All in a Day's Work: Renee Sieving, Ph.D., RN

Judy Griesedieck,

All in a Day's Work: Renee Sieving, Ph.D., RN

  • Article by: Nancy Crotti
  • Star Tribune Sales and Marketing
  • May 20, 2009 - 1:09 PM

Q: What's a typical workday like for you?

My research focuses on health promotion and prevention with groups of young people who are often overlooked by our healthcare systems. I'm leading two studies now. One is a school-based program to promote healthy behaviors and school success among middle-school students; the other is a clinic-based program to improve health among adolescent girls through adult mentoring and involvement in youth leadership activities. A typical day usually involves meeting with others involved in both of those projects. We design programming, create evaluations, interpret findings from the evaluations and write for funding to continue these programs and our research.

Q: How does your role fit into the bigger healthcare picture?

The Institute of Medicine, a national group that sets directions for healthcare services, recently said that in order to improve health systems for our young people, we need to do a better job of providing prevention and health promotion services. My work develops those types of services.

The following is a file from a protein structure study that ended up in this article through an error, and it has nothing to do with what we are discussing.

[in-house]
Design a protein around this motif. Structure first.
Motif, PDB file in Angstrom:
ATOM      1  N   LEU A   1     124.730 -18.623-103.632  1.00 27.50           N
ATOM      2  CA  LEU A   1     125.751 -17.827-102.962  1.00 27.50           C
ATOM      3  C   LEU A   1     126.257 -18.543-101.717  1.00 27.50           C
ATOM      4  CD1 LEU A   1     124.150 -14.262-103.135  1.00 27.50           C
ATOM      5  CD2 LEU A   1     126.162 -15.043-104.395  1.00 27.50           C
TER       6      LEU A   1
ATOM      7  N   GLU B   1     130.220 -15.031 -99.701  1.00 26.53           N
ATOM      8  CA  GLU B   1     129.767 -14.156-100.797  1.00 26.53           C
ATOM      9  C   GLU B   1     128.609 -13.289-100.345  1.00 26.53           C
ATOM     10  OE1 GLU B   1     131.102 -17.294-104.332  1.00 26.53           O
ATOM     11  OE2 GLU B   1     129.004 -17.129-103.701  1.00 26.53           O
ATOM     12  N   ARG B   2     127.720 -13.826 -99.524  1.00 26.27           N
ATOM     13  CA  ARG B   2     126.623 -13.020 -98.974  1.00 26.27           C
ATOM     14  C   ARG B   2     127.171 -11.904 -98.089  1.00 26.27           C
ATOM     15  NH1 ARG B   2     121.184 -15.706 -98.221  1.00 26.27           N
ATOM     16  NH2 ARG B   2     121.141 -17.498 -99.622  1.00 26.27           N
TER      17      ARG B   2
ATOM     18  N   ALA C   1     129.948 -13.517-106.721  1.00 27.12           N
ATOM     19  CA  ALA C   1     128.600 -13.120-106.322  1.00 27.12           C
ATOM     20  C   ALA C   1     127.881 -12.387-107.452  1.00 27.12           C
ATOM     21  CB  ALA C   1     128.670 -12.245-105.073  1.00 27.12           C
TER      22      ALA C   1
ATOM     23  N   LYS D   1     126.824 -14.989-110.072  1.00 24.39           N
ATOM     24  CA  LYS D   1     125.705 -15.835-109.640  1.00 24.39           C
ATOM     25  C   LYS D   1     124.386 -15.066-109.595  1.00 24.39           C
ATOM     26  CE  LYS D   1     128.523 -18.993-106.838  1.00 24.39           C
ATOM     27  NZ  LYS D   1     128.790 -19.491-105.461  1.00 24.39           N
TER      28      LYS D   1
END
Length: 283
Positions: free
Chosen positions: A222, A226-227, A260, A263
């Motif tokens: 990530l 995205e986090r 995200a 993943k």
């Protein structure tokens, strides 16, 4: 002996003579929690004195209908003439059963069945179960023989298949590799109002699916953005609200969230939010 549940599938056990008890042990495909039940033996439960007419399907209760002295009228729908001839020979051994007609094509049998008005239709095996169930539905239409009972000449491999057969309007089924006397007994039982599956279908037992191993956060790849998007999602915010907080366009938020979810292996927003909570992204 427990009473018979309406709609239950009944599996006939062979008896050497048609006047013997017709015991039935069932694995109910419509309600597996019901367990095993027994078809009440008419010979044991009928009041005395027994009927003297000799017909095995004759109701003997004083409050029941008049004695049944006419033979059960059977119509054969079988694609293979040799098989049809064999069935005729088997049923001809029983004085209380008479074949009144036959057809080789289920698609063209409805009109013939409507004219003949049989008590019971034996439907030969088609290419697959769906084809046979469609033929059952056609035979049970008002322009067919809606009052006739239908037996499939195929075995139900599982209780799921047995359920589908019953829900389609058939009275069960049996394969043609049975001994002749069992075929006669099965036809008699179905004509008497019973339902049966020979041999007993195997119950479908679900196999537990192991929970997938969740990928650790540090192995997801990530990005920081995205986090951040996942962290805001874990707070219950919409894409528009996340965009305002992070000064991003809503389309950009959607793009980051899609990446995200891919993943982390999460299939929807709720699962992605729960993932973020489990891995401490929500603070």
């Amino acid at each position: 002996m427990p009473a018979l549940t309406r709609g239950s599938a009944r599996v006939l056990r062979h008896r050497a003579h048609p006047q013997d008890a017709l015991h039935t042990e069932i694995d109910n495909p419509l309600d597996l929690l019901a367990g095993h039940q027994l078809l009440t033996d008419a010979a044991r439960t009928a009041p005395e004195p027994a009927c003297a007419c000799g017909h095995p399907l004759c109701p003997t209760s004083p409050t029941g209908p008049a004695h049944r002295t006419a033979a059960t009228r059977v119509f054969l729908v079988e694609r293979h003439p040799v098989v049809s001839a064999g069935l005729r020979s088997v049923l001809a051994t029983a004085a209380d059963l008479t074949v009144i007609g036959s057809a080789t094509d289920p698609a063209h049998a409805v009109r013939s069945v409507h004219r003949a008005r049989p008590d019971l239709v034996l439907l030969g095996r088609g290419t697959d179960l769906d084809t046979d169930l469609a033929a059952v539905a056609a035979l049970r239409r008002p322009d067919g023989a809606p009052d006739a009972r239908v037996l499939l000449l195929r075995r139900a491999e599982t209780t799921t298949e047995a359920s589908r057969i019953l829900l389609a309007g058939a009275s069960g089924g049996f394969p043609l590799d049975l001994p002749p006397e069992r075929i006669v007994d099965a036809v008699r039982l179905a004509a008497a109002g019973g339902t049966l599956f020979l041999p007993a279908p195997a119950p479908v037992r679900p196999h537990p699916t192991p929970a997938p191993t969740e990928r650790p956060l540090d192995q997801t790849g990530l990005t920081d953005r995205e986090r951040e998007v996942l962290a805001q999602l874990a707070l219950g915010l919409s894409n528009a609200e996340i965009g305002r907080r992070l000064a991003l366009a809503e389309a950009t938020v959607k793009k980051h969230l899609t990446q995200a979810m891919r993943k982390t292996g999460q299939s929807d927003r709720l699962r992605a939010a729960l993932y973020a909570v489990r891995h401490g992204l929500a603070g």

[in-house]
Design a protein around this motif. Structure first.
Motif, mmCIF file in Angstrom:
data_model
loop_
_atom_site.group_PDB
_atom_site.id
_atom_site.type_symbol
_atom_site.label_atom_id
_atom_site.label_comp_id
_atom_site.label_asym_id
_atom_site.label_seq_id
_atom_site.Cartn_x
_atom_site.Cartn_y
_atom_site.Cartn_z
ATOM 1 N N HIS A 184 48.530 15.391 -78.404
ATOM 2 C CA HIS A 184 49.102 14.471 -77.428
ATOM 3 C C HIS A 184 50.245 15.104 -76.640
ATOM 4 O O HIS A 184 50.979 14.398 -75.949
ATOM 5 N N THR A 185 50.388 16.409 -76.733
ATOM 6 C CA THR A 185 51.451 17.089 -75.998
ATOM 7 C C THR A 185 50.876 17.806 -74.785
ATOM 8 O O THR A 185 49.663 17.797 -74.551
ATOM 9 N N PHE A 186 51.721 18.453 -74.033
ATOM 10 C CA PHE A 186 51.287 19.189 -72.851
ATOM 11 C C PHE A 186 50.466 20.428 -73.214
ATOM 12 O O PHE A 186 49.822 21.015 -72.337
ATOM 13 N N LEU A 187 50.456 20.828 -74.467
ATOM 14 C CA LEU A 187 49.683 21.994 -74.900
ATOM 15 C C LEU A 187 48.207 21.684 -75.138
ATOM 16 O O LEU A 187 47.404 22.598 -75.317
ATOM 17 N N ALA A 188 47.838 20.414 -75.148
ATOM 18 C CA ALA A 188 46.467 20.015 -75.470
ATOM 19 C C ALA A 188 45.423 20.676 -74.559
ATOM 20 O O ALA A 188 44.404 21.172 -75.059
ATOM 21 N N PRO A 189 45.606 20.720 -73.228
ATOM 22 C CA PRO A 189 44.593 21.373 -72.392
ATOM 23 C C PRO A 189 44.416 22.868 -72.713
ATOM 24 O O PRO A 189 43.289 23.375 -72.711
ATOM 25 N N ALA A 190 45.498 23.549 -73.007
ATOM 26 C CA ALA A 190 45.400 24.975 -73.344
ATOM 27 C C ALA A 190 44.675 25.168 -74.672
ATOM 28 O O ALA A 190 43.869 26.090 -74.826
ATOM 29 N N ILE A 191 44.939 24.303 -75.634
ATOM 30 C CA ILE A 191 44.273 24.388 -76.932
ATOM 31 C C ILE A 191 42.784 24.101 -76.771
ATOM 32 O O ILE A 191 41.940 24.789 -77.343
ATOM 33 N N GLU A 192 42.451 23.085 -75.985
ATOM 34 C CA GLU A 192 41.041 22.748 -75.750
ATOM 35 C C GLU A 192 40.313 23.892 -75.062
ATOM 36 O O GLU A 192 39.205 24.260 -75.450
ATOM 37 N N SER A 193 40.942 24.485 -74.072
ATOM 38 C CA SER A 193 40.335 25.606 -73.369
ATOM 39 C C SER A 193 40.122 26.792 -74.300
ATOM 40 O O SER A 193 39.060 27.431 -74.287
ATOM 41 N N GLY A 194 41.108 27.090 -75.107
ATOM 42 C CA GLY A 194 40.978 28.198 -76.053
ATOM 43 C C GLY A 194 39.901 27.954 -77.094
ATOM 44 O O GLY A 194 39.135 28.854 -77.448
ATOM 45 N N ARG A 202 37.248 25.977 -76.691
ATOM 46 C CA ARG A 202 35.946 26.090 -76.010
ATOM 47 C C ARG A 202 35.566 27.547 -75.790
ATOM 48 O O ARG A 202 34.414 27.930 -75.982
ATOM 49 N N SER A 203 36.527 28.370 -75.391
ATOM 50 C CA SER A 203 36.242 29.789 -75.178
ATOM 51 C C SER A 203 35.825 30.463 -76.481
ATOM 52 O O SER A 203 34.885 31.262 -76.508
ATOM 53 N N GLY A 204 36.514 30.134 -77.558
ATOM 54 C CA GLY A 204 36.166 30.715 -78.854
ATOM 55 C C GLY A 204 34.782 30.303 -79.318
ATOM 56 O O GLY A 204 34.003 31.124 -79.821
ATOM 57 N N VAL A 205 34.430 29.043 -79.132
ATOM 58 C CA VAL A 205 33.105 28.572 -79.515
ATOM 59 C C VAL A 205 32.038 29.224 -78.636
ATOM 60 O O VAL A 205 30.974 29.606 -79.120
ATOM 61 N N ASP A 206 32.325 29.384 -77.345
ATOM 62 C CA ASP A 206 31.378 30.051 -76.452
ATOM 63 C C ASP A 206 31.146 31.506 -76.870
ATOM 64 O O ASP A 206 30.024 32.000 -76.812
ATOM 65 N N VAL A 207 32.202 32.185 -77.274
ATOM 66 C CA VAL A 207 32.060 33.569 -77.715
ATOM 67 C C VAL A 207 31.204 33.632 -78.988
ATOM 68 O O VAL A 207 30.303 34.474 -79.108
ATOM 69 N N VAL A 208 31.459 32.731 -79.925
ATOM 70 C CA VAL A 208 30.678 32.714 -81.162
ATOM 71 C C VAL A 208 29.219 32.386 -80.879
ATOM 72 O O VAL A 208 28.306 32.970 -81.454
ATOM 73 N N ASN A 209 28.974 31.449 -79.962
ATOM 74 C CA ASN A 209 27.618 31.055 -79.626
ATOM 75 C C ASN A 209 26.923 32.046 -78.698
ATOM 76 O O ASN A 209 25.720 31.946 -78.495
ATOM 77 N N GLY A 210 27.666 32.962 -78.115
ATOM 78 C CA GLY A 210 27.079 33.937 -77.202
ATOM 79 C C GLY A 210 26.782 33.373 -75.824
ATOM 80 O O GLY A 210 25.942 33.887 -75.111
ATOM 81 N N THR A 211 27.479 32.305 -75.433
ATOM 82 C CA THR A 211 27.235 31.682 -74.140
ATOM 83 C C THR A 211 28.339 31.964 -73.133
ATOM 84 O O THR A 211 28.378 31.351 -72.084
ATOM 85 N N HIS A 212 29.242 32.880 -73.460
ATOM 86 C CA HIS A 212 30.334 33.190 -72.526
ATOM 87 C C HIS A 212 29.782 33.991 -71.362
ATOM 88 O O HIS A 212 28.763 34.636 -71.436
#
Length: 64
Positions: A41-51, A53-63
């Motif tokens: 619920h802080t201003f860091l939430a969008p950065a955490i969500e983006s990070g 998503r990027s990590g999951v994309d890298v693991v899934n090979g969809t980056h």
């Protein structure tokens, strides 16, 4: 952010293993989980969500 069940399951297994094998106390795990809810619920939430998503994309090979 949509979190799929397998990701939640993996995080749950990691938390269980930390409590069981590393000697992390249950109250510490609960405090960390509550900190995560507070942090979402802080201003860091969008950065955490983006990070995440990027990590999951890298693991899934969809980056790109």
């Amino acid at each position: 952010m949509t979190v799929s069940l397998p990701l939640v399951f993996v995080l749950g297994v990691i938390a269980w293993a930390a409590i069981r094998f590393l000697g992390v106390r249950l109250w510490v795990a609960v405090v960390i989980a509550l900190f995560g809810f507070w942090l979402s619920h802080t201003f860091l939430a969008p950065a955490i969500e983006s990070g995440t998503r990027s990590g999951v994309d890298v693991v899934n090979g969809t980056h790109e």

Q: Who do you interact with during the course of the day?

My team at the university includes nurses, health educators, social workers, statisticians and researchers. I also interact with a core group of community partners including nurses, doctors, social workers, teachers, principals and youth workers.

Q: Why did you become a nurse researcher?

In my nursing practice with adolescents and their families, I was limited in terms of addressing the big things that needed to change to really improve health outcomes for young people. Because I had a passion to improve conditions that affect young people's health, I went back to school to become a researcher.

Q: What do you like about your work?

I hope I can make a difference in the way we go about promoting health and preventing negative outcomes for young people, their families and communities.

- Nancy Crotti

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